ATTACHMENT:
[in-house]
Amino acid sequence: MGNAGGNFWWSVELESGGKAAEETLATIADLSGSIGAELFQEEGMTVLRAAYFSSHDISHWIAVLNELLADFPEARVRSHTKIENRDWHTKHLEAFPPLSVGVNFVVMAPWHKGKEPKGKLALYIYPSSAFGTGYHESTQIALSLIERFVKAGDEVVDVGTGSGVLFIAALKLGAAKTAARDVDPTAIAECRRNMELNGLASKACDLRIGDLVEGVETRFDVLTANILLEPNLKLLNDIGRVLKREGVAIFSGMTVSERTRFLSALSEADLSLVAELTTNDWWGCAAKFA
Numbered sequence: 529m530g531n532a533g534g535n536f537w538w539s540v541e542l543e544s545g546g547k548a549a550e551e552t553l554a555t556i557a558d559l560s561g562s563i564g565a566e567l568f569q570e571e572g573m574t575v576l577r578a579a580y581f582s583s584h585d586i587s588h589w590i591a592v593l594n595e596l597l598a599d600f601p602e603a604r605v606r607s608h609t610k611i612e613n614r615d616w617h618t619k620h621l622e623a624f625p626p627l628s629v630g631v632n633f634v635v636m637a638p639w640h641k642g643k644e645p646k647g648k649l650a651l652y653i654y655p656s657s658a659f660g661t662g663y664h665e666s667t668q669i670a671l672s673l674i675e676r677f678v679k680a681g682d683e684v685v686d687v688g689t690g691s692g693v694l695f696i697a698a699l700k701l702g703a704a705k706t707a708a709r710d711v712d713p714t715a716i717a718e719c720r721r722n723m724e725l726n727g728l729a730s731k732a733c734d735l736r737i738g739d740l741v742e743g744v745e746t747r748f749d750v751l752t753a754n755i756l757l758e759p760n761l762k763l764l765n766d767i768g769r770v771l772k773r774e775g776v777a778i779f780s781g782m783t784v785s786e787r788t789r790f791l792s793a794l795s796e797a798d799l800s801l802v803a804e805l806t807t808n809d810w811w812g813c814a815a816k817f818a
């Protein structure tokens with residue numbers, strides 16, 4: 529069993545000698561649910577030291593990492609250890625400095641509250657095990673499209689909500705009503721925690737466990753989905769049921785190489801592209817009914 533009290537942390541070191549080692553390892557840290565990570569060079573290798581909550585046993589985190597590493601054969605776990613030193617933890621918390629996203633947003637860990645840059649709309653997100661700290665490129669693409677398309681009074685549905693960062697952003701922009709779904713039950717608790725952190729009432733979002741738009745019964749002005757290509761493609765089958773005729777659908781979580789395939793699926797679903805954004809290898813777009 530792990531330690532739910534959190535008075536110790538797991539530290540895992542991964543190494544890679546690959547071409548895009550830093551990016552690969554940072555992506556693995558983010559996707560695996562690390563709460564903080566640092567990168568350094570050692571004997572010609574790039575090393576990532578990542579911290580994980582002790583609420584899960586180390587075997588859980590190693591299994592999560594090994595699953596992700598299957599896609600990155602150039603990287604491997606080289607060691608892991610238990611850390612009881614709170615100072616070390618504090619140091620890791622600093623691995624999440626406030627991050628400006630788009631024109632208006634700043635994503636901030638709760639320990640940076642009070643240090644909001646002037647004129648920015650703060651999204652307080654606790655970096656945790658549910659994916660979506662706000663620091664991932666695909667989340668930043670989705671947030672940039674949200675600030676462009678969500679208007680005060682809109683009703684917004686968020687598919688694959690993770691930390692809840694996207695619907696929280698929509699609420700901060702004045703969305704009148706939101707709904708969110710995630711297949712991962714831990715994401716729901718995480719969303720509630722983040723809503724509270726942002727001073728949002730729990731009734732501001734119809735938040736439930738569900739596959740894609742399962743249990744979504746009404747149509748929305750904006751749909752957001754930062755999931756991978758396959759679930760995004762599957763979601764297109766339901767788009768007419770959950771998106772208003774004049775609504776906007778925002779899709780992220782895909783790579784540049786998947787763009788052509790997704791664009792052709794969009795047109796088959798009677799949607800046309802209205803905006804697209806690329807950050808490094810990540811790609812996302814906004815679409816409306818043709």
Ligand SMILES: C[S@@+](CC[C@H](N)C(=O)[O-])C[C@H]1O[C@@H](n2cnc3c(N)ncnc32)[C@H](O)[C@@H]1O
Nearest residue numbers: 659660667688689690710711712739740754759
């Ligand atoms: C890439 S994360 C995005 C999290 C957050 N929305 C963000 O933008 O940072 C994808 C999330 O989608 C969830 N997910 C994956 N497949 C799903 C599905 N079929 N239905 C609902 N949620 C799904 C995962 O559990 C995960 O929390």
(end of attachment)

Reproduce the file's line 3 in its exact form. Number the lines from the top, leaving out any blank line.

Numbered sequence: 529m530g531n532a533g534g535n536f537w538w539s540v541e542l543e544s545g546g547k548a549a550e551e552t553l554a555t556i557a558d559l560s561g562s563i564g565a566e567l568f569q570e571e572g573m574t575v576l577r578a579a580y581f582s583s584h585d586i587s588h589w590i591a592v593l594n595e596l597l598a599d600f601p602e603a604r605v606r607s608h609t610k611i612e613n614r615d616w617h618t619k620h621l622e623a624f625p626p627l628s629v630g631v632n633f634v635v636m637a638p639w640h641k642g643k644e645p646k647g648k649l650a651l652y653i654y655p656s657s658a659f660g661t662g663y664h665e666s667t668q669i670a671l672s673l674i675e676r677f678v679k680a681g682d683e684v685v686d687v688g689t690g691s692g693v694l695f696i697a698a699l700k701l702g703a704a705k706t707a708a709r710d711v712d713p714t715a716i717a718e719c720r721r722n723m724e725l726n727g728l729a730s731k732a733c734d735l736r737i738g739d740l741v742e743g744v745e746t747r748f749d750v751l752t753a754n755i756l757l758e759p760n761l762k763l764l765n766d767i768g769r770v771l772k773r774e775g776v777a778i779f780s781g782m783t784v785s786e787r788t789r790f791l792s793a794l795s796e797a798d799l800s801l802v803a804e805l806t807t808n809d810w811w812g813c814a815a816k817f818a